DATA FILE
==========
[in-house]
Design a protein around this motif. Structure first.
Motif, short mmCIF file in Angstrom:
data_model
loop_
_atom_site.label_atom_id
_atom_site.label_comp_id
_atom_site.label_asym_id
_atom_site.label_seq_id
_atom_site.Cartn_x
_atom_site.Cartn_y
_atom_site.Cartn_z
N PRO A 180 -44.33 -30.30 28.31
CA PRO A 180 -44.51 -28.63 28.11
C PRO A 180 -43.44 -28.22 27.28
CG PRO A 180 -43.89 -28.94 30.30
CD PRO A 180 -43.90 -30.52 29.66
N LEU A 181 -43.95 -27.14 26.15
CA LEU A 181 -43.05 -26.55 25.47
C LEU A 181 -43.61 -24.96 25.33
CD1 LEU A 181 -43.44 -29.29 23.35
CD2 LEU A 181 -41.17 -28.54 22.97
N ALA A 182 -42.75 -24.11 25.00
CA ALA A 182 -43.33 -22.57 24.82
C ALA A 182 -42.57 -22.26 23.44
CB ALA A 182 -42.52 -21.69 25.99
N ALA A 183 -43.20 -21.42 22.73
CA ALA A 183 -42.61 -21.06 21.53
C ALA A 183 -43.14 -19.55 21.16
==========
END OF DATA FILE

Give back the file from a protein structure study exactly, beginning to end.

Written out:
[in-house]
Design a protein around this motif. Structure first.
Motif, short mmCIF file in Angstrom:
data_model
loop_
_atom_site.label_atom_id
_atom_site.label_comp_id
_atom_site.label_asym_id
_atom_site.label_seq_id
_atom_site.Cartn_x
_atom_site.Cartn_y
_atom_site.Cartn_z
N PRO A 180 -44.33 -30.30 28.31
CA PRO A 180 -44.51 -28.63 28.11
C PRO A 180 -43.44 -28.22 27.28
CG PRO A 180 -43.89 -28.94 30.30
CD PRO A 180 -43.90 -30.52 29.66
N LEU A 181 -43.95 -27.14 26.15
CA LEU A 181 -43.05 -26.55 25.47
C LEU A 181 -43.61 -24.96 25.33
CD1 LEU A 181 -43.44 -29.29 23.35
CD2 LEU A 181 -41.17 -28.54 22.97
N ALA A 182 -42.75 -24.11 25.00
CA ALA A 182 -43.33 -22.57 24.82
C ALA A 182 -42.57 -22.26 23.44
CB ALA A 182 -42.52 -21.69 25.99
N ALA A 183 -43.20 -21.42 22.73
CA ALA A 183 -42.61 -21.06 21.53
C ALA A 183 -43.14 -19.55 21.16